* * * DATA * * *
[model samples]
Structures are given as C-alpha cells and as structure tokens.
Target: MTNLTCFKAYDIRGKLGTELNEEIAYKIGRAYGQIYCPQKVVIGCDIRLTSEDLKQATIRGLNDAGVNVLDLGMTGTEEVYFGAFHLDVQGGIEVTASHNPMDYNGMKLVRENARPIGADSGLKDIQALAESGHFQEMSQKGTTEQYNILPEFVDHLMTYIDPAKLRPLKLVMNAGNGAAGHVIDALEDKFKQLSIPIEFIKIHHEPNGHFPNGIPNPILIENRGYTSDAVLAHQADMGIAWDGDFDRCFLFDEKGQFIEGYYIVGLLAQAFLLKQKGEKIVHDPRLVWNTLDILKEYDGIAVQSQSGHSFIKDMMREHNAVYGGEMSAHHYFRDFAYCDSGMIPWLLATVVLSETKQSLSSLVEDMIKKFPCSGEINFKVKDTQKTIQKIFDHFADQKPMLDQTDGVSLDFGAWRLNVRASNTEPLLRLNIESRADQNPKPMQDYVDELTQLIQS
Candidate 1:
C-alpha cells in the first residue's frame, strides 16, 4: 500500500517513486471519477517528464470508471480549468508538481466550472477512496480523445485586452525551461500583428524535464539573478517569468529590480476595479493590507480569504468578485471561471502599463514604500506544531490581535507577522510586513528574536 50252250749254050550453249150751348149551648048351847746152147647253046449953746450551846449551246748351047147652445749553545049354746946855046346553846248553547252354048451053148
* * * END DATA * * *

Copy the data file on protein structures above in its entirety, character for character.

[model samples]
Structures are given as C-alpha cells and as structure tokens.
Target: MTNLTCFKAYDIRGKLGTELNEEIAYKIGRAYGQIYCPQKVVIGCDIRLTSEDLKQATIRGLNDAGVNVLDLGMTGTEEVYFGAFHLDVQGGIEVTASHNPMDYNGMKLVRENARPIGADSGLKDIQALAESGHFQEMSQKGTTEQYNILPEFVDHLMTYIDPAKLRPLKLVMNAGNGAAGHVIDALEDKFKQLSIPIEFIKIHHEPNGHFPNGIPNPILIENRGYTSDAVLAHQADMGIAWDGDFDRCFLFDEKGQFIEGYYIVGLLAQAFLLKQKGEKIVHDPRLVWNTLDILKEYDGIAVQSQSGHSFIKDMMREHNAVYGGEMSAHHYFRDFAYCDSGMIPWLLATVVLSETKQSLSSLVEDMIKKFPCSGEINFKVKDTQKTIQKIFDHFADQKPMLDQTDGVSLDFGAWRLNVRASNTEPLLRLNIESRADQNPKPMQDYVDELTQLIQS
Candidate 1:
C-alpha cells in the first residue's frame, strides 16, 4: 500500500517513486471519477517528464470508471480549468508538481466550472477512496480523445485586452525551461500583428524535464539573478517569468529590480476595479493590507480569504468578485471561471502599463514604500506544531490581535507577522510586513528574536 50252250749254050550453249150751348149551648048351847746152147647253046449953746450551846449551246748351047147652445749553545049354746946855046346553846248553547252354048451053148